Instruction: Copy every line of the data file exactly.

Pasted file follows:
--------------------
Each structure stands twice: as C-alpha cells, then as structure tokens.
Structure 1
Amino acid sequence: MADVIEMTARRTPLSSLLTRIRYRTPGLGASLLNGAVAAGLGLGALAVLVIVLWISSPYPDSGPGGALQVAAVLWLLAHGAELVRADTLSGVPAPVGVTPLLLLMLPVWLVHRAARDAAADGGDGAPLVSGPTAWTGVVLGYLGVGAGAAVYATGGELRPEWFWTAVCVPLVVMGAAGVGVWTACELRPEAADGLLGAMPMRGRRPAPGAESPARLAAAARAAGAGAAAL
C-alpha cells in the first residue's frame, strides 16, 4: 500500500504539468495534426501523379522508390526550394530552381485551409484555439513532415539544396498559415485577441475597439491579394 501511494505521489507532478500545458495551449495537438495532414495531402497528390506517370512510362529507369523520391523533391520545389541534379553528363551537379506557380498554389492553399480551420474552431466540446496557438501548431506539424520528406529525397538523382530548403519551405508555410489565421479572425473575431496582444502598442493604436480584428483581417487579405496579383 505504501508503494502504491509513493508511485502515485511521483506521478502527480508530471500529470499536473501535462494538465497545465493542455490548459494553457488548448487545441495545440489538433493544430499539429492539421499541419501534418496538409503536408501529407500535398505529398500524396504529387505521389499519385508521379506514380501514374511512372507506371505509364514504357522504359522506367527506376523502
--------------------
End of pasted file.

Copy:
Each structure stands twice: as C-alpha cells, then as structure tokens.
Structure 1
Amino acid sequence: MADVIEMTARRTPLSSLLTRIRYRTPGLGASLLNGAVAAGLGLGALAVLVIVLWISSPYPDSGPGGALQVAAVLWLLAHGAELVRADTLSGVPAPVGVTPLLLLMLPVWLVHRAARDAAADGGDGAPLVSGPTAWTGVVLGYLGVGAGAAVYATGGELRPEWFWTAVCVPLVVMGAAGVGVWTACELRPEAADGLLGAMPMRGRRPAPGAESPARLAAAARAAGAGAAAL
C-alpha cells in the first residue's frame, strides 16, 4: 500500500504539468495534426501523379522508390526550394530552381485551409484555439513532415539544396498559415485577441475597439491579394 501511494505521489507532478500545458495551449495537438495532414495531402497528390506517370512510362529507369523520391523533391520545389541534379553528363551537379506557380498554389492553399480551420474552431466540446496557438501548431506539424520528406529525397538523382530548403519551405508555410489565421479572425473575431496582444502598442493604436480584428483581417487579405496579383 505504501508503494502504491509513493508511485502515485511521483506521478502527480508530471500529470499536473501535462494538465497545465493542455490548459494553457488548448487545441495545440489538433493544430499539429492539421499541419501534418496538409503536408501529407500535398505529398500524396504529387505521389499519385508521379506514380501514374511512372507506371505509364514504357522504359522506367527506376523502